Humans Training Tips

chalkboard-1186852-1279x980-2.jpgThis post is for canines living with homo sapiens (aka “humans”). I know the humans refer to you as their “pets” or your “owners”, but let’s be honest – who really owns who?

I already have a series of posts I have tagged as Managing Humans. But I thought I would  summarize for you some of my top three (3) tips for training humans to meet your needs.

Tip #1: Panting

Recently I was diagnoses with hypothyroidism and I went on thyroid meds. I am feeling better and stopped having those strange seizures I was allegedly having in the evening (I do not remember them, just that I was sore and confused).

Before I went on my thyroid meds I was panting a lot. Now that I am on my meds I do not need to pant as much but I have noticed that if I start panting, I can immediately get a human’s attention and concern.

I got put on a low fat diet because of some lab test results (I think they were faked by the suspicious vet office to sell my humans low fat food) and I am not pleased as the humans have cut back on any special table scrap treats (I need bacon to live!!!).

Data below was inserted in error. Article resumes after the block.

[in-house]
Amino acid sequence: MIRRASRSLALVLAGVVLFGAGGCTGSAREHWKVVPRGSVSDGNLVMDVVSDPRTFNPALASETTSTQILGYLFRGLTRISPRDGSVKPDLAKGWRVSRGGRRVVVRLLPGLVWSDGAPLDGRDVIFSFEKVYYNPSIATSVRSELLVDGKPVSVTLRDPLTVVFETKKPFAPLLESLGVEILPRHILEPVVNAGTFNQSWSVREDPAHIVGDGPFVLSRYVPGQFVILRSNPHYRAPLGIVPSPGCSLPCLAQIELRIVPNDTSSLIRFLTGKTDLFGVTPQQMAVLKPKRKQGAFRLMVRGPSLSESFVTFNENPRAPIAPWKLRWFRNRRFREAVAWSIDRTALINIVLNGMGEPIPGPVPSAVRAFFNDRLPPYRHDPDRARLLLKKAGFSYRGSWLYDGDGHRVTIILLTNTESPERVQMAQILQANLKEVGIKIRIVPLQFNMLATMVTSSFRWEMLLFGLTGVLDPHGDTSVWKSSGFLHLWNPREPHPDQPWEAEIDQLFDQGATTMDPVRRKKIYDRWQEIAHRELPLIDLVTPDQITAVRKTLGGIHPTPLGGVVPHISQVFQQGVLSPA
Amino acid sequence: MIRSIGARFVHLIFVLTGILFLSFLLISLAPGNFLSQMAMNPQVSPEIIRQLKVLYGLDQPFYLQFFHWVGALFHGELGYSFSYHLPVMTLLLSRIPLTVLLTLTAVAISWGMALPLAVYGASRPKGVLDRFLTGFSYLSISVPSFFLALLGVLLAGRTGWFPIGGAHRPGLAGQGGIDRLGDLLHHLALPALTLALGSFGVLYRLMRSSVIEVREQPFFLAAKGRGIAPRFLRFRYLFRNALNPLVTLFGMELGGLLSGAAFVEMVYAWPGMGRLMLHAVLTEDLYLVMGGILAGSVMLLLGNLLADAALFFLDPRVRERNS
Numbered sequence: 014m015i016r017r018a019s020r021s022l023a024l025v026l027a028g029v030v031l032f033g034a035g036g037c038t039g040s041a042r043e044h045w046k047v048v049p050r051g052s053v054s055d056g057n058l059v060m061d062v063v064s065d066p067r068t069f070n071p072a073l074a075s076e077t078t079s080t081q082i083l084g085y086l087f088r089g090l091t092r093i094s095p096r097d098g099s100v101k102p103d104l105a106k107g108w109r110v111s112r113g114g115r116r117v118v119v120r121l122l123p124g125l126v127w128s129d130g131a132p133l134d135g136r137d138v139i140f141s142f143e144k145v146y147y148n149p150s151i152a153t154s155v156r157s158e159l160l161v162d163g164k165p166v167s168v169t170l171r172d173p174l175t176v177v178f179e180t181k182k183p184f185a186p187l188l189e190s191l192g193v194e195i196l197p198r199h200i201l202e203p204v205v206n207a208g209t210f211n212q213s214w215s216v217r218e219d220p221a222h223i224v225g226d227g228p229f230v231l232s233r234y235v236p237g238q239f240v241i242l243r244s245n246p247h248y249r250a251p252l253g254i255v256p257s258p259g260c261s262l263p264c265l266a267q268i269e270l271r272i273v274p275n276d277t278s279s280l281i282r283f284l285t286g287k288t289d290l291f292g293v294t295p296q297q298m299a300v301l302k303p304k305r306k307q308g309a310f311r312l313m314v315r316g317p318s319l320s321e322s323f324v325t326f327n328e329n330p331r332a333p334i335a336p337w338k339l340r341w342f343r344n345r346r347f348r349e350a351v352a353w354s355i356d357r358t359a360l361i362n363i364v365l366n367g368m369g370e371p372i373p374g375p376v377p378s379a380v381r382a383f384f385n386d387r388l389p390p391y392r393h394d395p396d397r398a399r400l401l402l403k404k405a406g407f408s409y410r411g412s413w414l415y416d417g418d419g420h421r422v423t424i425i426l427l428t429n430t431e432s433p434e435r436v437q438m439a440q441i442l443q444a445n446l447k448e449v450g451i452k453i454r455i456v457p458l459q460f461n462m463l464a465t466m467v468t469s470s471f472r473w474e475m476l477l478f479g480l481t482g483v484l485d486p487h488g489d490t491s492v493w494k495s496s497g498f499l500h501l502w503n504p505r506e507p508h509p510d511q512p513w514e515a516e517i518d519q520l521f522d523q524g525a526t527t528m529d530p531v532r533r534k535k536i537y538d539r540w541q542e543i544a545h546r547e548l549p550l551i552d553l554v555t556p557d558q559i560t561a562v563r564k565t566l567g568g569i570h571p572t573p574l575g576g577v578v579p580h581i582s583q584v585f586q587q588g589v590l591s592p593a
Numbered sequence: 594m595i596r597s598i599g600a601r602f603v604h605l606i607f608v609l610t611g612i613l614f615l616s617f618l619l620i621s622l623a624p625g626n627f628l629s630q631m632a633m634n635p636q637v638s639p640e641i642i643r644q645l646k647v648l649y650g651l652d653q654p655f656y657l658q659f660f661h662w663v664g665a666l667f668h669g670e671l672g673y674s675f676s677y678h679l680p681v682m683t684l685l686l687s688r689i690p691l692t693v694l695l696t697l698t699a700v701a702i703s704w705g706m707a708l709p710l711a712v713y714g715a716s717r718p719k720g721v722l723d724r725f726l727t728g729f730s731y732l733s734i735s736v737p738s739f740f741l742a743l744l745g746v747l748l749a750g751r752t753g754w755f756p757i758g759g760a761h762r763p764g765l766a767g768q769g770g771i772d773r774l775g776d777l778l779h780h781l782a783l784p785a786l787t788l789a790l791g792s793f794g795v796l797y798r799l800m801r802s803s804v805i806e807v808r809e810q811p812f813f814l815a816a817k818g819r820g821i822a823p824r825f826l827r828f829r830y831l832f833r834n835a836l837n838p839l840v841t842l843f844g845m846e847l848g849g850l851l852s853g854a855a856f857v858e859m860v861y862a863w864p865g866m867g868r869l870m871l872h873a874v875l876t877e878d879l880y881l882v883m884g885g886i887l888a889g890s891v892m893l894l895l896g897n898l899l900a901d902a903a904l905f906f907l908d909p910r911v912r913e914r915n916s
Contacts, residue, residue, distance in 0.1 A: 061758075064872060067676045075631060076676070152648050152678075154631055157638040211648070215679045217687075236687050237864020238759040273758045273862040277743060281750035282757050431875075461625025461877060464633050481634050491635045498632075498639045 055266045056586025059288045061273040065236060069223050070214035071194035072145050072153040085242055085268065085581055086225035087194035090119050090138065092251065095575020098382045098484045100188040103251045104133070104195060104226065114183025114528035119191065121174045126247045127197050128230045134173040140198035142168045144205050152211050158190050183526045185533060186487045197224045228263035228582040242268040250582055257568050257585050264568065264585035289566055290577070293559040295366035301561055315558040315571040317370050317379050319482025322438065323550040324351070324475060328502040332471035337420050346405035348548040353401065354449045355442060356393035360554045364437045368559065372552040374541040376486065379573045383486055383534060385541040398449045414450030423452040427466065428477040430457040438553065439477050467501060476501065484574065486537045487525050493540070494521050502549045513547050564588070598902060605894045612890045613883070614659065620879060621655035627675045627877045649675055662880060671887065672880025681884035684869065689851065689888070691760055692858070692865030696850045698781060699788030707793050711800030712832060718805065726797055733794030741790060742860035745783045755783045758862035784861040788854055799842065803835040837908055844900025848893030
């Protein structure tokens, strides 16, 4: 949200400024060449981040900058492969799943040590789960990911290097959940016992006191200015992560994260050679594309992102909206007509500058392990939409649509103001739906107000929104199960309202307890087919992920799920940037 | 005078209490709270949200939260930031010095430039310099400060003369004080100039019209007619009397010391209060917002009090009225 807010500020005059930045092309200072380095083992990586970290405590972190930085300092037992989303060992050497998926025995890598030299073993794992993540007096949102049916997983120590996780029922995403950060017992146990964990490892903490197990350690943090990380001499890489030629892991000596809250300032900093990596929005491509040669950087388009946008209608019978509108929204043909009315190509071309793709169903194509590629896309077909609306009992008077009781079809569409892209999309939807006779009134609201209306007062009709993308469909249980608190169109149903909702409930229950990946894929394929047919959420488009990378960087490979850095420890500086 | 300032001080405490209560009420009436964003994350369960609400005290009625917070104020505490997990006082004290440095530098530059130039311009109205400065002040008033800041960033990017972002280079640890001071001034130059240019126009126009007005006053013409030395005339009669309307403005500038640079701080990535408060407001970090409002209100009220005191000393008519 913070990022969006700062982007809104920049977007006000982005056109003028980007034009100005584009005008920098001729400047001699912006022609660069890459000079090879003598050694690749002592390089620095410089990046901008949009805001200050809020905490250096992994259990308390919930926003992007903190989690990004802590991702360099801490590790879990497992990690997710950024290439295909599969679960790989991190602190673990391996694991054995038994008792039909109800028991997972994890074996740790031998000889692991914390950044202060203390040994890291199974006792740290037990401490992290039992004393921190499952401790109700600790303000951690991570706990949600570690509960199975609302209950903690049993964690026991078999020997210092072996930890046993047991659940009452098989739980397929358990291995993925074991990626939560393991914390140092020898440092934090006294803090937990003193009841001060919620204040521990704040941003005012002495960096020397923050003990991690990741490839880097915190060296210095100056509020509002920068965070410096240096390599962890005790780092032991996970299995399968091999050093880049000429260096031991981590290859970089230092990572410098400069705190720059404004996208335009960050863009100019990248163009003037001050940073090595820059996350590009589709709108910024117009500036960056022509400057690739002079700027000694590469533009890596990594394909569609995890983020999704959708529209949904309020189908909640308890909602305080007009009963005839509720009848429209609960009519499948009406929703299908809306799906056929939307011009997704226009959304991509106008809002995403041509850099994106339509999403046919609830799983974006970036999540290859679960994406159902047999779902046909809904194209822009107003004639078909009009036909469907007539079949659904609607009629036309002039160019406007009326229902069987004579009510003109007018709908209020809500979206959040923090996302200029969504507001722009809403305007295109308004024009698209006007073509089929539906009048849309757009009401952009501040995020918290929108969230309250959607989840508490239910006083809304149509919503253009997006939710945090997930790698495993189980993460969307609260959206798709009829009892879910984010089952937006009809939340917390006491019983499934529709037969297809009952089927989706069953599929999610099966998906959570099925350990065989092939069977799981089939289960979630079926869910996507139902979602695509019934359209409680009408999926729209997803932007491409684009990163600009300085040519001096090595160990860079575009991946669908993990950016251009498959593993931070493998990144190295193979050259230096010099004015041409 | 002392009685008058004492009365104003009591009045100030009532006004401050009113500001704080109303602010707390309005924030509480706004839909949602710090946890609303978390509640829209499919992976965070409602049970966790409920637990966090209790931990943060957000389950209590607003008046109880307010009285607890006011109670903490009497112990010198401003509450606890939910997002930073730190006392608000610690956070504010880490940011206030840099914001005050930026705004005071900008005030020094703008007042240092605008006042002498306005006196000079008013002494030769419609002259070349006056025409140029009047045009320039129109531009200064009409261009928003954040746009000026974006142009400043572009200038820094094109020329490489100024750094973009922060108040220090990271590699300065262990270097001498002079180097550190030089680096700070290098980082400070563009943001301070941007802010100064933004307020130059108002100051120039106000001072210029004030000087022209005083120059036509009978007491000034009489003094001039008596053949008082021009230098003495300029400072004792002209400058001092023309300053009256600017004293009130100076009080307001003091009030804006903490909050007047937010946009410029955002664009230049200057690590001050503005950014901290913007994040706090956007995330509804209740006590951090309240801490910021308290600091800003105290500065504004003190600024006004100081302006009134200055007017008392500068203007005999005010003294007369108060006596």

However I used my panting to get them to make some rice (I love rice) to add as a treat to my very boring low fat dog food (who came up with the idea of “dog food”, why can’t we just eat as our humans eat?).

Tip #2: Staring

Staring is a powerful tool to train humans to meet your needs. Mine is called the “Schnauzer Stare” but even if you are not a schnauzer you can perfect this. Breeds such as labs and golden retriever will struggle with this, as when they stare at their humans they will only look cuter (especially golden) and the humans will not realize the purpose of the stare. (However see Tip #3 as “cuteness” can also be a powerful tool to train humans).

When I really want to emphasize the power of my stare, I will shift my weight back and forth on my front lets, to demonstrate my impatience that the human is not doing what I want them to do.

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Never underestimate the power of the stare

A proper stare should actually feel like a glare, especially if time is passing and the human(s) are not abiding your wishes.